Iceland ‘no horsemeat’ ad banned

Iceland “denigrated” the Food Safety Authority of Ireland in an ad defending the amount of horsemeat found its burgers but the ad itself was not “misleading”, according to the ad watchdog.

The Advertising Standards Authority upheld in part a complaint that an Iceland print ad stating that horsemeat had never been found in their products was misleading and denigrated the Food Safety Authority of Ireland.

The ad, released in February 2013, stated: “No horsemeat has ever been found in an Iceland product.” This was followed by explanatory text stating that equine DNA was found at a level of 0.1 per cent in two Iceland burgers.

The explanatory text continued: “The testing method used by the FSAI was not an accredited test.”

The complaint argued that the two statements were contradictory, and that the ad denigrated the Food Safety Authority of Ireland.

Iceland countered that, following the FSAI report, the UK Food Standards Agency had agreed with retailers that a threshold level of 1 per cent would be applied as a distinction between gross adulteration and trace levels of DNA, which may have been the result of minor cross-contamination.

In its response Iceland also argued the ad made a distinction between horse “meat” and horse “DNA” to convey this distinction.

On this point, the ASA concluded that it believed the consumer would understand the distinction Iceland wished to convey, and therefore did not find that the ad was misleading.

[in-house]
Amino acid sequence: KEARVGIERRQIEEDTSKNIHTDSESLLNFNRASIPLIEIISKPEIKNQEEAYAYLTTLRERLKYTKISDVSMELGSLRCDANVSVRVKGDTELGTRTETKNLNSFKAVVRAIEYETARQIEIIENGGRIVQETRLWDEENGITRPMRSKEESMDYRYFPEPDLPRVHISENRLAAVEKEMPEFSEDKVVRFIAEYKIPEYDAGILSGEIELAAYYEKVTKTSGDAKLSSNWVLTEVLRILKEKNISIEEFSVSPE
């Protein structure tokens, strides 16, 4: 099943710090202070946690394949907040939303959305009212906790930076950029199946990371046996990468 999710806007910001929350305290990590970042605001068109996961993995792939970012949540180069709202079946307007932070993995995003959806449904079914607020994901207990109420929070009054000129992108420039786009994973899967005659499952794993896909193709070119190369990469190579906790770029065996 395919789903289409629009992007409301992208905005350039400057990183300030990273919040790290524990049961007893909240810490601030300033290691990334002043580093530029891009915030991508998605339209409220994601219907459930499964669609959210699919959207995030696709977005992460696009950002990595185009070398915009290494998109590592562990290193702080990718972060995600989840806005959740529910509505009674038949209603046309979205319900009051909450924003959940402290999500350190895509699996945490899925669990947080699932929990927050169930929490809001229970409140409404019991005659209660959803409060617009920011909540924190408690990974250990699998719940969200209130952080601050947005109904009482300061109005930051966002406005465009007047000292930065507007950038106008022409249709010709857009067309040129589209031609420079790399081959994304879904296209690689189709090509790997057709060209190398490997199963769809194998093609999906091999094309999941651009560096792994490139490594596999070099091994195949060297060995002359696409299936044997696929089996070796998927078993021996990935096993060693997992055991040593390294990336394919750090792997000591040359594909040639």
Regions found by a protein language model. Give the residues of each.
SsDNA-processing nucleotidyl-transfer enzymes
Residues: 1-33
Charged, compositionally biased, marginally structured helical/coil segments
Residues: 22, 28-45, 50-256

However, the ASA did uphold the point that the ad denigrated the FSAI.

The ad omitted reference to a second set of tests the FSAI conducted using an accredited methodology and did not make it clear that their test methodology was widely used in North America.

The ad also emphasised two accredited laboratories carried out Iceland’s own tests while omitting that the same was true in relation to the tests the FSAI carried out.

The ASA concluded that the ad created the overall impression that the FSAI’s findings were questionable, which the ASA did not find to be the case.

The ASA ruled the ad must not appear again in its current form and told Iceland to ensure that their advertising does not discredit or denigrate organisations in future.

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